Last Updated: August 12, 2019
·
3.605K
· nvie

# Efficient sifting iterator for Python

Did you ever want to sift an iterator into two "sub" iterators? Now you can:

``````>>> even, odd = sift(xrange(10), lambda x: x % 2 == 0)
>>> list(even)
[0, 2, 4, 6, 8]
>>> list(odd)
[1, 3, 5, 7, 9]``````

Note that the input iterable is only lazily consumed:

``````>>> X = iter(xrange(10))
>>> even, odd = sift(X, lambda x: x % 2 == 0)
>>> X.next()
0
>>> X.next()
1
>>> X.next()
2
>>> list(even)
[4, 6, 8]
>>> list(odd)
[3, 5, 7, 9]``````

# A tiny warning

Beware that in order to consume one of the returned iterators fully, you might be consuming a big part of the the input iterable and keeping its values buffered in memory. It's best to consume the largest iterable first, whenever possible:

``````>>> small_ones, large_ones = sift(xrange(10000), lambda x: x < 9000)

# low memory peak (no buffering needed)
>>> list(small_ones)
[0, ..., 8999]
>>> list(large_ones)
[9000, ..., 9999]

# at its peak, 9000 items are buffered in memory
>>> list(large_ones)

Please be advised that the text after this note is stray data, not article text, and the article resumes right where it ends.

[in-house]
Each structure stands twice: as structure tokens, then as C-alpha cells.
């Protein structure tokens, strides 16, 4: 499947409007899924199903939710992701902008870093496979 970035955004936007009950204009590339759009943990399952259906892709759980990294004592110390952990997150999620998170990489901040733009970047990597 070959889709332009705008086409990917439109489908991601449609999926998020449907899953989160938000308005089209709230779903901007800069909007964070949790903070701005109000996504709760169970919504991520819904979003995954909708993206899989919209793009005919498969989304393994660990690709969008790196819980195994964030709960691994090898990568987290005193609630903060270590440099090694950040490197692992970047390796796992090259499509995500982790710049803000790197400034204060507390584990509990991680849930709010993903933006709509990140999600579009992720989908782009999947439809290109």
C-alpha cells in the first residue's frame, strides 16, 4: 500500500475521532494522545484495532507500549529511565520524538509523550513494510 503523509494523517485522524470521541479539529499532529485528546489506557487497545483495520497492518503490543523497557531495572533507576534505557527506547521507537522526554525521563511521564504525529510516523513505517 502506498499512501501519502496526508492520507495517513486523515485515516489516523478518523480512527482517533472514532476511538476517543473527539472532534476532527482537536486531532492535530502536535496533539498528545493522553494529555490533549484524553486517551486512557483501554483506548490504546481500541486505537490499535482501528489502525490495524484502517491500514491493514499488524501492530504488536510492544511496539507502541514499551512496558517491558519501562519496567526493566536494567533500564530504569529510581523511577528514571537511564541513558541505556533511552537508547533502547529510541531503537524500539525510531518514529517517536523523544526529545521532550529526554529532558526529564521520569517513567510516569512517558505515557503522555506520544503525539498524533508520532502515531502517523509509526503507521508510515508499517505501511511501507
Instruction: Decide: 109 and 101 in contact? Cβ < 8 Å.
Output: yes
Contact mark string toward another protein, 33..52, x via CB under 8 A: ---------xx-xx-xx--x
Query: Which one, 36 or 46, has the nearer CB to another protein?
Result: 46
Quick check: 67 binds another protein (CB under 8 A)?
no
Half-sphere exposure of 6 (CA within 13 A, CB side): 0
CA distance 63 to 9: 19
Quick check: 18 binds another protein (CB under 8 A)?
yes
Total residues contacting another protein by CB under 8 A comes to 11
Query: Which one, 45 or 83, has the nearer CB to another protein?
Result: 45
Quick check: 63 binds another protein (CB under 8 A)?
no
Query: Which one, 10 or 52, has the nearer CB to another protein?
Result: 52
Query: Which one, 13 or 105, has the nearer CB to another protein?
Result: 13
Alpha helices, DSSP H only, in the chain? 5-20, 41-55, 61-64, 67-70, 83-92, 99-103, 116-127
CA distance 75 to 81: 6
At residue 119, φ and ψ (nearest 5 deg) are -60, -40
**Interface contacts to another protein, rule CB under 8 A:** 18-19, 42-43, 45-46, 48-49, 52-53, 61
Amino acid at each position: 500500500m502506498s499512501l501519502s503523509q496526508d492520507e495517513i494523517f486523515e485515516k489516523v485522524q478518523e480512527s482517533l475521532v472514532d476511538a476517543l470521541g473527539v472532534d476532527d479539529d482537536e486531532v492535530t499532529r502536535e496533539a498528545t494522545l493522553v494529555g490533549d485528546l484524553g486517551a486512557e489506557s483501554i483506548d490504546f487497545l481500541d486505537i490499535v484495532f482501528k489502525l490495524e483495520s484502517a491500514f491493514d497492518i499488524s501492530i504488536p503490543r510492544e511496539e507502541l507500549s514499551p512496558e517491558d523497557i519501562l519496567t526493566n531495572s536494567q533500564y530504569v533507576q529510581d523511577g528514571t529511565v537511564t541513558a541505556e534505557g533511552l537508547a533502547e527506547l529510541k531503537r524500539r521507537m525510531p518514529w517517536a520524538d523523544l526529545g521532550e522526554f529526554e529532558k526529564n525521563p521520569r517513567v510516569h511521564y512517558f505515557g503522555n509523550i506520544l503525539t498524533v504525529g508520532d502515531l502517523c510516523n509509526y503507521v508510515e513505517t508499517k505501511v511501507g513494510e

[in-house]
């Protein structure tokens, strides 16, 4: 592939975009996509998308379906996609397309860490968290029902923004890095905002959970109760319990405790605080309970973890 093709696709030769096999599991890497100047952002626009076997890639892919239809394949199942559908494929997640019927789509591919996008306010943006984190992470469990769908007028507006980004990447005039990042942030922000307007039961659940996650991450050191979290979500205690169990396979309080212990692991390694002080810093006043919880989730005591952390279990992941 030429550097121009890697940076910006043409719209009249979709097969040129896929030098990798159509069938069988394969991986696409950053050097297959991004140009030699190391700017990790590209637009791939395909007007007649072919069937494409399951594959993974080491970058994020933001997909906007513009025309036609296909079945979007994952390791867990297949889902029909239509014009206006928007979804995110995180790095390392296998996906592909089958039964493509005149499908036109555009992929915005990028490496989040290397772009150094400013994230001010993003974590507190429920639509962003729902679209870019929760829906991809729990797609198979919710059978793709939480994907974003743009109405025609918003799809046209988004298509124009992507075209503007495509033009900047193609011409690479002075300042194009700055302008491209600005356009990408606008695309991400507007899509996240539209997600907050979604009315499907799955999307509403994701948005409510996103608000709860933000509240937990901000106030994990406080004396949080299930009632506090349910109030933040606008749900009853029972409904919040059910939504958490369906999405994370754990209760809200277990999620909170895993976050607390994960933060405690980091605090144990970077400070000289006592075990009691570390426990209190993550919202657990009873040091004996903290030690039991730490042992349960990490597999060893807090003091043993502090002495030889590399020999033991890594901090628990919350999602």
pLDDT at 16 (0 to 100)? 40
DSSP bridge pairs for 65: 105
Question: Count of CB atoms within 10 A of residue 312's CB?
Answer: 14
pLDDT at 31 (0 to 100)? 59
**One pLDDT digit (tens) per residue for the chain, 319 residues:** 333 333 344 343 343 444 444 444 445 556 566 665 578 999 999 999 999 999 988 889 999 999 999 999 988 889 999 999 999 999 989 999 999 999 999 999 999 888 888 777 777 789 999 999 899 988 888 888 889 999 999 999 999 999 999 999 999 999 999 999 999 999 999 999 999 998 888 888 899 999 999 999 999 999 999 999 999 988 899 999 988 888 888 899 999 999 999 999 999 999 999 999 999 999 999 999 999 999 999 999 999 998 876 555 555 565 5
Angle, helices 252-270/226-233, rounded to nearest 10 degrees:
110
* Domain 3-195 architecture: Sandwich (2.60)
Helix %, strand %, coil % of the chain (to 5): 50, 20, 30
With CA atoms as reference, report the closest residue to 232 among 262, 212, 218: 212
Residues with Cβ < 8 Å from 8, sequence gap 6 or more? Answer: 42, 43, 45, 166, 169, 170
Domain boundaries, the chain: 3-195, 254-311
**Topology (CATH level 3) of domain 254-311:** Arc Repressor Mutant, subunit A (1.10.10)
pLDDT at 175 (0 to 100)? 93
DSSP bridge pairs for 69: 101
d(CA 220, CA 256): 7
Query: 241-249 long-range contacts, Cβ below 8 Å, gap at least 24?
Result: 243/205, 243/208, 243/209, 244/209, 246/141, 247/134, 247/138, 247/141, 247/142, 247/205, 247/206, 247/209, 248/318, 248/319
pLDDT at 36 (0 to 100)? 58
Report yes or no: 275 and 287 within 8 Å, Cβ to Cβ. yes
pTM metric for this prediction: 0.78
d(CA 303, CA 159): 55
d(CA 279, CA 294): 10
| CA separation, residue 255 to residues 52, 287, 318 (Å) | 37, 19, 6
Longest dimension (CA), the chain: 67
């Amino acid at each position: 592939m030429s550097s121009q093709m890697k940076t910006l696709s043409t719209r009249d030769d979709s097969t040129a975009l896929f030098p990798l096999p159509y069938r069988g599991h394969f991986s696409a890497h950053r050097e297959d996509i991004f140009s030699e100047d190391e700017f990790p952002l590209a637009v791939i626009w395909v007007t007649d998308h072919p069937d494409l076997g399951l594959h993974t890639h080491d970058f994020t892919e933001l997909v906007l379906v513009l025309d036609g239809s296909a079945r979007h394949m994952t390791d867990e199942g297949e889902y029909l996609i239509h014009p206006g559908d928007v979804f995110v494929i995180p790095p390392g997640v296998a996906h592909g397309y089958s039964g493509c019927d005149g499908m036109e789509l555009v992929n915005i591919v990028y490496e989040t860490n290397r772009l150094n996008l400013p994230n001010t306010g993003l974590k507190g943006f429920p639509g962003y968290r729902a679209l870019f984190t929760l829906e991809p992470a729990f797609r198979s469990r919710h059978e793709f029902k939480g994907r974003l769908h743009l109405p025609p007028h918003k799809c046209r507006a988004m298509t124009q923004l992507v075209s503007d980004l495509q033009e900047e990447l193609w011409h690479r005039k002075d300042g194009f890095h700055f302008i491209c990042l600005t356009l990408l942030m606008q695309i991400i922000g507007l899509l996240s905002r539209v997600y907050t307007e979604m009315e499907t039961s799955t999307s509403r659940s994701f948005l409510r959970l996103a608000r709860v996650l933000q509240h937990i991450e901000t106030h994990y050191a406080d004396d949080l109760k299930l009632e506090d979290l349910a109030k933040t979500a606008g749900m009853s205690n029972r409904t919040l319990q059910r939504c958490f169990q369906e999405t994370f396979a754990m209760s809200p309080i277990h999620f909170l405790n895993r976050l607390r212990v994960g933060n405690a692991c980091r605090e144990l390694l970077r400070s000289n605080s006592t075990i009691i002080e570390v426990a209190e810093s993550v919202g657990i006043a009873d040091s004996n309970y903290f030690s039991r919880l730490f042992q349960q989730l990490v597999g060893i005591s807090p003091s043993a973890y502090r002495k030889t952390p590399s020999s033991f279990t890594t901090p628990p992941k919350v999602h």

[9000, ..., 9999]
>>> list(small_ones)
[0, ..., 8999]``````

The implementation: https://gist.github.com/nvie/5804375

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#### 2 Responses

Y U NO `partition` ?!

``````def partition(pred, iterable):
'Use a predicate to partition entries into false entries and true entries'
# partition(is_odd, range(10)) --> 0 2 4 6 8   and  1 3 5 7 9
t1, t2 = tee(iterable)
return filterfalse(pred, t1), filter(pred, t2)``````

http://docs.python.org/dev/library/itertools.html#itertools-recipes

over 1 year ago ·

(1) "Once tee() has made a split, the original iterable should not be used anywhere else; otherwise, the iterable could get advanced without the tee objects being informed."

(2) tee() actually duplicates all elements from the input, making it much less memory-efficient as you need to consume both returned iterators relatively simultaneously, in order to prevent storing the complete input in memory. My version only keeps the minimum amount of input in memory.

``````>>> truthy, falsey = sift(xrange(10**6), lambda x: True)
>>> for x in truthy: pass  # as long as you consume `truthy` first, this costs no memory at all``````

The tee() based version keeps the full input in memory until falsey is consumed, too.

over 1 year ago ·

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